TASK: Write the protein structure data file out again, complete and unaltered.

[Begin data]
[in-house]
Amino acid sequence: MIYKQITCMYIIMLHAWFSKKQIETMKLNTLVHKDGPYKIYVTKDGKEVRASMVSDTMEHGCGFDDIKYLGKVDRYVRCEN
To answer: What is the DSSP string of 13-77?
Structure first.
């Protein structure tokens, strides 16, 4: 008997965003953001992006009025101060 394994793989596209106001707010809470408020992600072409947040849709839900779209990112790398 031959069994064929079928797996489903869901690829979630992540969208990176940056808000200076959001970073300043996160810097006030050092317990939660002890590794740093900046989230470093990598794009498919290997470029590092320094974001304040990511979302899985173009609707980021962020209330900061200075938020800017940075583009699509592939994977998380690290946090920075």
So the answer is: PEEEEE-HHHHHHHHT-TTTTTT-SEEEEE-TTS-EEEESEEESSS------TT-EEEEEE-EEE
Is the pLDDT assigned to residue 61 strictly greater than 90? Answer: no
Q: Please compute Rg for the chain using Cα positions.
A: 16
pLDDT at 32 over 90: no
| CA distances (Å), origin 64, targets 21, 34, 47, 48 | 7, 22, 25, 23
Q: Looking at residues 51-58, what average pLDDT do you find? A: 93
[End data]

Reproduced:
[in-house]
Amino acid sequence: MIYKQITCMYIIMLHAWFSKKQIETMKLNTLVHKDGPYKIYVTKDGKEVRASMVSDTMEHGCGFDDIKYLGKVDRYVRCEN
To answer: What is the DSSP string of 13-77?
Structure first.
């Protein structure tokens, strides 16, 4: 008997965003953001992006009025101060 394994793989596209106001707010809470408020992600072409947040849709839900779209990112790398 031959069994064929079928797996489903869901690829979630992540969208990176940056808000200076959001970073300043996160810097006030050092317990939660002890590794740093900046989230470093990598794009498919290997470029590092320094974001304040990511979302899985173009609707980021962020209330900061200075938020800017940075583009699509592939994977998380690290946090920075």
So the answer is: PEEEEE-HHHHHHHHT-TTTTTT-SEEEEE-TTS-EEEESEEESSS------TT-EEEEEE-EEE
Is the pLDDT assigned to residue 61 strictly greater than 90? Answer: no
Q: Please compute Rg for the chain using Cα positions.
A: 16
pLDDT at 32 over 90: no
| CA distances (Å), origin 64, targets 21, 34, 47, 48 | 7, 22, 25, 23
Q: Looking at residues 51-58, what average pLDDT do you find? A: 93